Yeah, and if I don’t it will be like, ‘What’s happened to Mo?’ And I’d say, ‘You don’t know what I was feeling like.’ But I’m getting more into social media to keep people informed of what I’m up to. So hopefully they will have a better understanding.

Do the kids in Kenya still call you Farah?

Yeah. Mofarah. But they think it’s one word. I run through a village and they shout ‘Mofarah!’

Do you fear failure?

No. As an athlete you never think about defeat. If you think like that you will never be a champion. I’m doing the right training and I’m working hard – probably twice as hard here.

Do the other athletes watch you?

On the track they do. Not the top guys but various people do watch you because you're known, they've seen you on TV. Occasionally there will be a few coaches at the track with a stopwatch. People are nice to me here. Even on the plane when I was coming from Nairobi to Eldoret, the pilot wanted a picture of me.

Nike are going to make you some shoes – have you seen them yet?

Yeah, I know the colour, I know what they look like. I've tested them but I can't give away too much. I've done a lot of tests in Portland. I can't say exactly where they're made. It's definitely to help me but the aim is not about making this special shoe that will help me to run under two hours but about my long-term running and finding out what works for Mo Farah.

Has your coach Alberto said anything about what he thinks you can achieve time-wise?

He has but I'm not going to say too much about it. Marathon training's not about trying to peak early or too late, as long as you can peak at the right time, hopefully it should go well.

How much do you think the London crowds will help you in April?

It's definitely going to help me a huge amount and I'm hoping if my rivals are going to intimidate me, the crowd can do their bit and intimidate them. Maybe I can just give them some signals? Having the crowd is amazing and that's what carries me to the line. You saw that from what happened in London – there was a lot of people out there and they just kept cheering. It's amazing to have such a great crowd. And that's another reason I want to run London. Imagine if 75,000 people in the stadium are just shouting your name, what would it be like if you're on the street where people don't have to pay anything, they've just come to watch you.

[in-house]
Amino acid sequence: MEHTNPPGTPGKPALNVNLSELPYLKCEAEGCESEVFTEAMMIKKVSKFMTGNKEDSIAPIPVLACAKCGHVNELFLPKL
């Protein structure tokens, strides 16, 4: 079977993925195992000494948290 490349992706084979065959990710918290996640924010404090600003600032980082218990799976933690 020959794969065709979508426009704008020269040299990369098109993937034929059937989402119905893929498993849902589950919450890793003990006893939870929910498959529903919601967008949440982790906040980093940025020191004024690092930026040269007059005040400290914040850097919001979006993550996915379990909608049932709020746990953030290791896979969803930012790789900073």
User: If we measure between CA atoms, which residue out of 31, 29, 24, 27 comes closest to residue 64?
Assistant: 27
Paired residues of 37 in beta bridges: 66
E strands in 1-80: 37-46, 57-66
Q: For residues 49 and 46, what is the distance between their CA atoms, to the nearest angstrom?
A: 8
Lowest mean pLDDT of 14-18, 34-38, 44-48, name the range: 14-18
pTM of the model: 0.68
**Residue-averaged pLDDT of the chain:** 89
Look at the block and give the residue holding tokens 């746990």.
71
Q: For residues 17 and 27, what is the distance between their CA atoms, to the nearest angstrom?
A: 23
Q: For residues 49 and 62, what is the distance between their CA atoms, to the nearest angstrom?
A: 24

Do you study the courses before you race routes?

I have all the race routes on my phone so I study the turns and ups and downs. I look at the mile splits of previous winners, how fast they went through half way etc. Sometimes you really need to do your homework. It’s about understanding the route and doing the training and it you cover every angle it should be good.

What do you think about on long runs?

I tend to switch off. I try not to look at my watch for the first hour, and then I count down the miles. I never listen to music but I take drinks to practise with. It’s not easy getting the drinking right. You’re going at speed, you have to have the right fuel for your body, and you have to think about your next drink. If you drink too much you get cramps. I’m working on it.

Have you ever watched your London 2012 performances?

I have, and hearing that many people shout your name really does send shivers down your spine. I can remember at every moment what was going through my mind. It stays in your memory. Knowing I’ve come through that helps take the pressure off but going into the marathon the pressure will ramp up again.

How do you feel about not being the bookies’ favourite in a race for the first time in ages?

I think they’re right to say I’m the underdog because it’s true. In the marathon, previous form is so important. Tergat, Gebreselassie, Kipsang – none of them won their first marathon.

What drives you on?

Once you become a champion, you want that feeling again, and that’s what drives me. Doing well for my country drives me too. I want to be able to look back on my career and know that I did everything I could. The medals I’ve won can never be taken away from me.